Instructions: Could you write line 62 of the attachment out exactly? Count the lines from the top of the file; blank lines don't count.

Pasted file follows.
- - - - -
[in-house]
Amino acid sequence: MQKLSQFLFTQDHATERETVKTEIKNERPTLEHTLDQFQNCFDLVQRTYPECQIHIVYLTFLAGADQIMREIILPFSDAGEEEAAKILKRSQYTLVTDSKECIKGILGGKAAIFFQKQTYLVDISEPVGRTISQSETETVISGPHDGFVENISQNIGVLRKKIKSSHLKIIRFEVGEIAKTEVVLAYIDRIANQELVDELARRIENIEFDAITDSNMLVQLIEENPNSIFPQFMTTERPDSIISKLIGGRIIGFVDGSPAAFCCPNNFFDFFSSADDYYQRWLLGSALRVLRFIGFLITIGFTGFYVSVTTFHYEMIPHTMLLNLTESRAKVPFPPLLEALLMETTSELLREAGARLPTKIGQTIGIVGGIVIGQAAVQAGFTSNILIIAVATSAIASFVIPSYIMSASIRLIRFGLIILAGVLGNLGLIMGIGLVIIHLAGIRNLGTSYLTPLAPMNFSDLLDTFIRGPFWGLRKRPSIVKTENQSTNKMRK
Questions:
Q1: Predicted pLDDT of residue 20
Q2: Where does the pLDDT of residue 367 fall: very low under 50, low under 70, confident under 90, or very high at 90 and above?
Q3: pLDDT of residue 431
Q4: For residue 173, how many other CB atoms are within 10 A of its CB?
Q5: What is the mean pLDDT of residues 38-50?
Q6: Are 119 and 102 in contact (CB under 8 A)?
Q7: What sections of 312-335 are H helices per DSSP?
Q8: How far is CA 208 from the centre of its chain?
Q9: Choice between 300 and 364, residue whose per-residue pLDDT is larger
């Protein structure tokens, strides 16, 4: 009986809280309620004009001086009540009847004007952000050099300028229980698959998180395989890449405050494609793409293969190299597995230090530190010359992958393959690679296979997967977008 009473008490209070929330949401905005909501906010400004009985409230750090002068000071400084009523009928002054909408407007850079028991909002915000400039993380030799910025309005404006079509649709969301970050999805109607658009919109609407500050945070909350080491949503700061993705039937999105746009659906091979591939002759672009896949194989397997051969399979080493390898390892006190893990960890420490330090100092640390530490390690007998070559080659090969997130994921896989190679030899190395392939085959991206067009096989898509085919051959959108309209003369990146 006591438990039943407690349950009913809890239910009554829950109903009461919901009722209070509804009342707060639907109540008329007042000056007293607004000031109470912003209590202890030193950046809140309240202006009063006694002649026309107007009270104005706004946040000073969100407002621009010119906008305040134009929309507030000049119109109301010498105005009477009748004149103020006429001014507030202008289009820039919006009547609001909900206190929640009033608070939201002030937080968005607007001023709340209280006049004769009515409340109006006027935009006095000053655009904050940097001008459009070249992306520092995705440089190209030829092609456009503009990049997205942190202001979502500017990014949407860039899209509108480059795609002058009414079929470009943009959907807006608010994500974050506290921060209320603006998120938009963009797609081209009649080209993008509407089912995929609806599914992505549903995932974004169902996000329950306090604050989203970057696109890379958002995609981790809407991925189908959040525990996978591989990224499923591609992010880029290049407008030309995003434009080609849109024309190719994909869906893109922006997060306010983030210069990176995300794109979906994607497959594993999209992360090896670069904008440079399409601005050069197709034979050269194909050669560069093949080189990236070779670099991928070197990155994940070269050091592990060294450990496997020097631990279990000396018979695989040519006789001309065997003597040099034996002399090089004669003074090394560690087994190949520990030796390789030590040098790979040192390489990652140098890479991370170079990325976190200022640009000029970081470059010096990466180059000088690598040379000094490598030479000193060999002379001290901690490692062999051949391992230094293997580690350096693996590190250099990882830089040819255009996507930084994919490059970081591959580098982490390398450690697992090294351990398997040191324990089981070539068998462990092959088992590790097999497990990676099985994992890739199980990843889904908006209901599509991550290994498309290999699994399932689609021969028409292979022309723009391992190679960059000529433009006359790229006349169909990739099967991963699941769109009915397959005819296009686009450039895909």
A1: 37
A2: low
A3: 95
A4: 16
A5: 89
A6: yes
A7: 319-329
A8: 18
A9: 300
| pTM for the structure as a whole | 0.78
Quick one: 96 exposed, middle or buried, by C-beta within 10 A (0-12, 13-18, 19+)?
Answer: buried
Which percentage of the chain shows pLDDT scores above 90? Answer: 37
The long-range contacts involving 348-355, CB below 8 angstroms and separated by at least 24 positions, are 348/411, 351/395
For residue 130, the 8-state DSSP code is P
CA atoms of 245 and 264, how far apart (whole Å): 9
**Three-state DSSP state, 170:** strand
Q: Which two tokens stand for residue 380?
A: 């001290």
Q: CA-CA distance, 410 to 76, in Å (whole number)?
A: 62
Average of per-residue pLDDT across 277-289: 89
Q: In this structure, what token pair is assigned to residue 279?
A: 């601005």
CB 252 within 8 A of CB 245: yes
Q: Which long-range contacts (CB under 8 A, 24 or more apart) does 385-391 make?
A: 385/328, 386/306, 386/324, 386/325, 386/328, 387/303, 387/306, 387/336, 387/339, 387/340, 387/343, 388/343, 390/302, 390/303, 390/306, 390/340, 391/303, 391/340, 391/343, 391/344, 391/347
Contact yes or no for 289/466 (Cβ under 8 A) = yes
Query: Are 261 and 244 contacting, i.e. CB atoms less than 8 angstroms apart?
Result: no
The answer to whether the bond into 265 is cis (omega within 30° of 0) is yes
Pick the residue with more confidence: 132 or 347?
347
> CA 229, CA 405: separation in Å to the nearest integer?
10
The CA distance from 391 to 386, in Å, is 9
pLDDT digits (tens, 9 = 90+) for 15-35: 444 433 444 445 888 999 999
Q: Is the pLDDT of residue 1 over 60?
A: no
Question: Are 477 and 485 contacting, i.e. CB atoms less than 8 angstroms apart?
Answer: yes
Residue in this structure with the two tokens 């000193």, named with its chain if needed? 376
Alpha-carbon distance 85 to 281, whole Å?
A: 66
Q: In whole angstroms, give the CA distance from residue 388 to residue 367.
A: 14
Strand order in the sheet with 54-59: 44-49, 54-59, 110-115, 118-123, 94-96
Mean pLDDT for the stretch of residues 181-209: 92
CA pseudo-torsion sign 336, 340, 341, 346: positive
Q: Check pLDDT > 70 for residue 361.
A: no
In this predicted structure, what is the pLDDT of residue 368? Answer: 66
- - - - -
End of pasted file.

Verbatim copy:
CA pseudo-torsion sign 336, 340, 341, 346: positive